On the other hand, Minister of Petroleum and Mineral Resources Ali bin Ibrahim Al-Naimi stressed that objectives of the Kingdom's international oil policy are clear, stable and based on moderation and that such objectives are inter-related and inseparable.

The minister said that the Kingdom's international oil policies aim at 'the oil policy to agree with, correspond to and serve the Kingdom's general policy. This, as you know, aims at serving the Kingdom's interests, enhancing its regional and international role, fostering cooperation will all countries, noting that the Kingdom has started to focus on secondary industries related to oil and gas as well as energy studies and research thus turning the Kingdom into a producer of world-scale energy studies on the same footing as those produced by the best similar centers worldwide.'

The minister said that the Kingdom's oil policies strengthen global and regional peace and political stability, enhance accelerating economic growth and cater for the relationships and dual cooperation with the Arab, Muslim and developing nations to maintain the stability of the oil market by maintaining investments in the oil value chain, from exploration to production, refining and marketing, and maintain an appropriate level of excess production capacity to meet any supply shortages or any unexpected demand increase and to cooperate with the oil producing and exporting countries, particularly OPEC countries, and oil consuming countries to know their oil policies and needs.

This came in the minister's speech delivered at the fifth session of the Gulf and the World Forum under the title 'Prospects of Energy and World Economy.' The speech was delivered on his behalf by Dr. Ibrahim Muhanna, advisor to the Minister of Petroleum and Mineral Resources.

The minister said that the Kingdom of Saudi Arabia will continue its production in accordance with the requirements of the market and the demands and needs of its customers of the various international companies, while keeping in mind the global oil market balance such as supply/demand and commercial inventories and working in cooperation and full coordination with OPEC.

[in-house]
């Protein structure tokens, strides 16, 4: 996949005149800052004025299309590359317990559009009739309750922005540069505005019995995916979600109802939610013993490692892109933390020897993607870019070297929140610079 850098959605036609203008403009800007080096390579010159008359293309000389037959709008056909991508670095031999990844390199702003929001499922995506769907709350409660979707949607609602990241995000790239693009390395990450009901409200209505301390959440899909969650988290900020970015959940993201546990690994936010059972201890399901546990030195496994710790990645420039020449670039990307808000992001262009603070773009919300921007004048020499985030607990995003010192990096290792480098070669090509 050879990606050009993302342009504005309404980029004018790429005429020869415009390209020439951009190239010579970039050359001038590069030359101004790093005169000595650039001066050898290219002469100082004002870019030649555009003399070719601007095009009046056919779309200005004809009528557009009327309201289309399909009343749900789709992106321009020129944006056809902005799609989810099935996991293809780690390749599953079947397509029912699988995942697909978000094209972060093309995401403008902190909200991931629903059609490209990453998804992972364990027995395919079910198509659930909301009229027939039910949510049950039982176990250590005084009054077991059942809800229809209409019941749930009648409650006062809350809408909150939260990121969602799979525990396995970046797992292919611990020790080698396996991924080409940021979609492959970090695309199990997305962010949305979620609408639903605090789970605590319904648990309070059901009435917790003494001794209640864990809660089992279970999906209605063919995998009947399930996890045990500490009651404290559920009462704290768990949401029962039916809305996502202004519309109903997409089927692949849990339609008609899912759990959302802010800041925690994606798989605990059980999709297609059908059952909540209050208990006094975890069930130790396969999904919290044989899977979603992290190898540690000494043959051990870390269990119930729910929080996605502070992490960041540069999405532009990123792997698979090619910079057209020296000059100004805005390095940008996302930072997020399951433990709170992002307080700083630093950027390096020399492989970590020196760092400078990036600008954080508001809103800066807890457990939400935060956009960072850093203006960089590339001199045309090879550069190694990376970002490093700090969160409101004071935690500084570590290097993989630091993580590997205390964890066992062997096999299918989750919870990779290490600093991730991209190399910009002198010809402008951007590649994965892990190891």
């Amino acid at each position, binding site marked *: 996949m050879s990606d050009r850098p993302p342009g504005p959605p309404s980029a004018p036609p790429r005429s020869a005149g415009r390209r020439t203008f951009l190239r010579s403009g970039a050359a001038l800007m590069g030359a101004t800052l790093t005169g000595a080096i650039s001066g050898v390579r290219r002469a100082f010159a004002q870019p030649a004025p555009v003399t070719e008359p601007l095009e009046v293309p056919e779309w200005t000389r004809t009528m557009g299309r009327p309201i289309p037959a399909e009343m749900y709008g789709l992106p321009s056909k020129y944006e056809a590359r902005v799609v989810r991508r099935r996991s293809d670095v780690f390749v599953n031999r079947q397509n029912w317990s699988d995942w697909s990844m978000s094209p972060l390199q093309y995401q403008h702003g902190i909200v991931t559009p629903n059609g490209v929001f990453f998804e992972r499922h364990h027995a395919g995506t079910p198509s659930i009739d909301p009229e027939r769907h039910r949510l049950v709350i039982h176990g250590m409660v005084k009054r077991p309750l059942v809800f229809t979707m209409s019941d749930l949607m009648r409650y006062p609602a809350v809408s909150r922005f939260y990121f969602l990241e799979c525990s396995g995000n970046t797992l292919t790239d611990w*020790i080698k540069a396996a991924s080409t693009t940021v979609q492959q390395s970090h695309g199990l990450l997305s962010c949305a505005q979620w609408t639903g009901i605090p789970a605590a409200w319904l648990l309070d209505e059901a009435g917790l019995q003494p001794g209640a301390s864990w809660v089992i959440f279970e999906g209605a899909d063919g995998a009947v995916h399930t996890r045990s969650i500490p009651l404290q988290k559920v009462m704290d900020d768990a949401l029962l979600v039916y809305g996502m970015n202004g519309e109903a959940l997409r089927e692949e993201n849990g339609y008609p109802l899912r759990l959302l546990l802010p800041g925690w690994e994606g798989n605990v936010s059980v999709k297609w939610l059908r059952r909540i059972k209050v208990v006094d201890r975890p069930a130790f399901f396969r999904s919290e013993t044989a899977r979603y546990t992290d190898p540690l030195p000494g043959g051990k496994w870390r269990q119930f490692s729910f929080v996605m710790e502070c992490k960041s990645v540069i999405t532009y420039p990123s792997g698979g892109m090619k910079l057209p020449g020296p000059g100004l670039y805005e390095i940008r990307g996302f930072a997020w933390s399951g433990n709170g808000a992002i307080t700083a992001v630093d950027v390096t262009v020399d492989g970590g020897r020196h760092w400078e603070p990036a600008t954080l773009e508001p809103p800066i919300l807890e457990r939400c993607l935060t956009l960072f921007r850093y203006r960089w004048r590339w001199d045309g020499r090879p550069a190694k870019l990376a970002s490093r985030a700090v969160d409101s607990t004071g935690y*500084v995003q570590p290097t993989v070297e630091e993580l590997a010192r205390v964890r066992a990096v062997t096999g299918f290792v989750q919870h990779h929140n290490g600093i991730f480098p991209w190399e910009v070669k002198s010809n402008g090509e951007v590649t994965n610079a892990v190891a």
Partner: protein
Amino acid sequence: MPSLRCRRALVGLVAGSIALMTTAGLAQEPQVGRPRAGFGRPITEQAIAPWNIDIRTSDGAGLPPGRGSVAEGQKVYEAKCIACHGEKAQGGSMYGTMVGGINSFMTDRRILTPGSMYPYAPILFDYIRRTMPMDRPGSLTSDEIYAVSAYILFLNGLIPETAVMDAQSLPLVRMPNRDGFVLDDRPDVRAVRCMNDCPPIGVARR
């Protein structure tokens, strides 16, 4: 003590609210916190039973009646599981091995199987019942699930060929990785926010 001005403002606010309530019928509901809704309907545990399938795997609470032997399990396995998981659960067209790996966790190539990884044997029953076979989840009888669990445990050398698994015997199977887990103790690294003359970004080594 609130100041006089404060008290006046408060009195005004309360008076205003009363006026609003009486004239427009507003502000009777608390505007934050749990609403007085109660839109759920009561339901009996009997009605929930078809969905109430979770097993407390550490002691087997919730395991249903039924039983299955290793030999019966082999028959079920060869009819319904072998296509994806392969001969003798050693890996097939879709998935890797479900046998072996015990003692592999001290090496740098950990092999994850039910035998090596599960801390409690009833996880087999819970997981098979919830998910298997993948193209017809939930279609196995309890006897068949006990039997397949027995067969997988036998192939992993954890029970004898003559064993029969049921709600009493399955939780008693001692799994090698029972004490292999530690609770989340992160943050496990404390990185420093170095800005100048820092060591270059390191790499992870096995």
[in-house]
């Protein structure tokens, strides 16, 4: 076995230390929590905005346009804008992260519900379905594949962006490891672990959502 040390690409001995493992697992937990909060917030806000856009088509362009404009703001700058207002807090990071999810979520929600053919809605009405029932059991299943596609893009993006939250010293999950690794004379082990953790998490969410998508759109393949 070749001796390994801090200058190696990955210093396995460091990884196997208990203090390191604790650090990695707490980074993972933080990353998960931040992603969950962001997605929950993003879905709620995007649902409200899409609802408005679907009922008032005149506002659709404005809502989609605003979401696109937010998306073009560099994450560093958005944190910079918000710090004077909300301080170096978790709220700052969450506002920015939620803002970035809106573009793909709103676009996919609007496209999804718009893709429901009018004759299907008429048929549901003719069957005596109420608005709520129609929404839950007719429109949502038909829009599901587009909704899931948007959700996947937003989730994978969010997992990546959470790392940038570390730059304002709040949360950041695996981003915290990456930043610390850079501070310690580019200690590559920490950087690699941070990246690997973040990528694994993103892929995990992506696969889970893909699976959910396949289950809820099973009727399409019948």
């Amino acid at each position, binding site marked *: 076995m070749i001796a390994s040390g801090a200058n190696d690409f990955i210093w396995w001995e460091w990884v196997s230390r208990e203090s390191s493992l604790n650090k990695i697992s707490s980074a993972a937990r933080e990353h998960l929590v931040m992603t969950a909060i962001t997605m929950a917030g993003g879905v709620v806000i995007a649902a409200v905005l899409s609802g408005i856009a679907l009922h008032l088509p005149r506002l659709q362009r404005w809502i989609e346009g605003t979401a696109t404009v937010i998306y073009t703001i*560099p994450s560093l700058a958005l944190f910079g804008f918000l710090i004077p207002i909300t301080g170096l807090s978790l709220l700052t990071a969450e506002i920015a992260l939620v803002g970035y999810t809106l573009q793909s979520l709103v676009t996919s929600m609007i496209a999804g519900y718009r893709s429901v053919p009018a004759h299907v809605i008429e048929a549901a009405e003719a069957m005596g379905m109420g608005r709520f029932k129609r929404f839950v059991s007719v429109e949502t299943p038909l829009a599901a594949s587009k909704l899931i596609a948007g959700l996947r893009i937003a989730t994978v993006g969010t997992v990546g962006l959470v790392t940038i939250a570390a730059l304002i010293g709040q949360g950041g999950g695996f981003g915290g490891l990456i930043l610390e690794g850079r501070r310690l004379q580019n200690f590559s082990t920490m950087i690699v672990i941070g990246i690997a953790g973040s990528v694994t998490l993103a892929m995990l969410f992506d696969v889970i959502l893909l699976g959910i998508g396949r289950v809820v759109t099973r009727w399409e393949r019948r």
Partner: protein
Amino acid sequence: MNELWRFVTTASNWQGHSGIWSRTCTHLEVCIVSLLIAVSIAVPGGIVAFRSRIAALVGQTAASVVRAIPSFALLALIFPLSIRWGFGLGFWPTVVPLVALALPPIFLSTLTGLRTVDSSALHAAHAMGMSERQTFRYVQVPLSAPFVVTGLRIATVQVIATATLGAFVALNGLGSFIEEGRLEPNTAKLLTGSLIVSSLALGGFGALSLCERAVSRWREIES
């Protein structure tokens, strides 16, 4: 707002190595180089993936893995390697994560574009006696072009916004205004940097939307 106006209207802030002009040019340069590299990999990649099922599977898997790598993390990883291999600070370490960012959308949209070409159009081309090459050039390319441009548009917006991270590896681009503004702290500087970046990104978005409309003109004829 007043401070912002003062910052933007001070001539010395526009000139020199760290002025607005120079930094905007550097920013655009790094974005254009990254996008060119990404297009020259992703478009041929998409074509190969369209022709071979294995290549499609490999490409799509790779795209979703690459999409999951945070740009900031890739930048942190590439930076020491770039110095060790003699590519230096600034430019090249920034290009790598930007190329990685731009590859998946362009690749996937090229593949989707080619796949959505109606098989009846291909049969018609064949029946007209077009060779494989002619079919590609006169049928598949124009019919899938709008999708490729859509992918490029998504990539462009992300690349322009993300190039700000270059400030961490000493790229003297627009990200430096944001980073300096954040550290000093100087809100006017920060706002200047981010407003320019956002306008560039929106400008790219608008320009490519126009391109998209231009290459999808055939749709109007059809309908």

The minister stressed the kingdom's keenness on protecting the environment, controlling global warming and working for oil to be compatible with various environmental requirements.

The minister said that 'although we continue to explore the Kingdom's oil and gas potential and resources, this does not mean that we will immediately start production from the newly-discovered fields; rather, it only means determining the resources available in the Kingdom for future use when needed and for the future generations.'

The minister said, 'We discovered volumes of gas in the Red Sea area, in the north of the Kingdom and in the Rub' al Khali that can be commercially utilizable in addition to the discovery of types of heavy oil and non-traditional gas in various regions of the kingdom.'

He added that one of the future objectives is to develop all stages and sectors of the Saudi oil industry including turning Saudi Aramco into an integrated international company with regard to operations and activities in terms of type and location, and enabling it to compete with, and even be ahead of, the best international companies.

He stated that due to technological development in the process of oil consumption and production, oil extraction rates from reservoirs rose from 30% to 50% in some countries in only 30 years and exceeded 70% in some fields, in addition to new discoveries that raised the global extractable reserves from 667 billion barrels in 1980 to 1.4 trillion barrels in 2010, despite an accumulated production of 760 billion barrels during the same period. Oil has also been extracted from reservoirs that were previously difficult to reach, he said.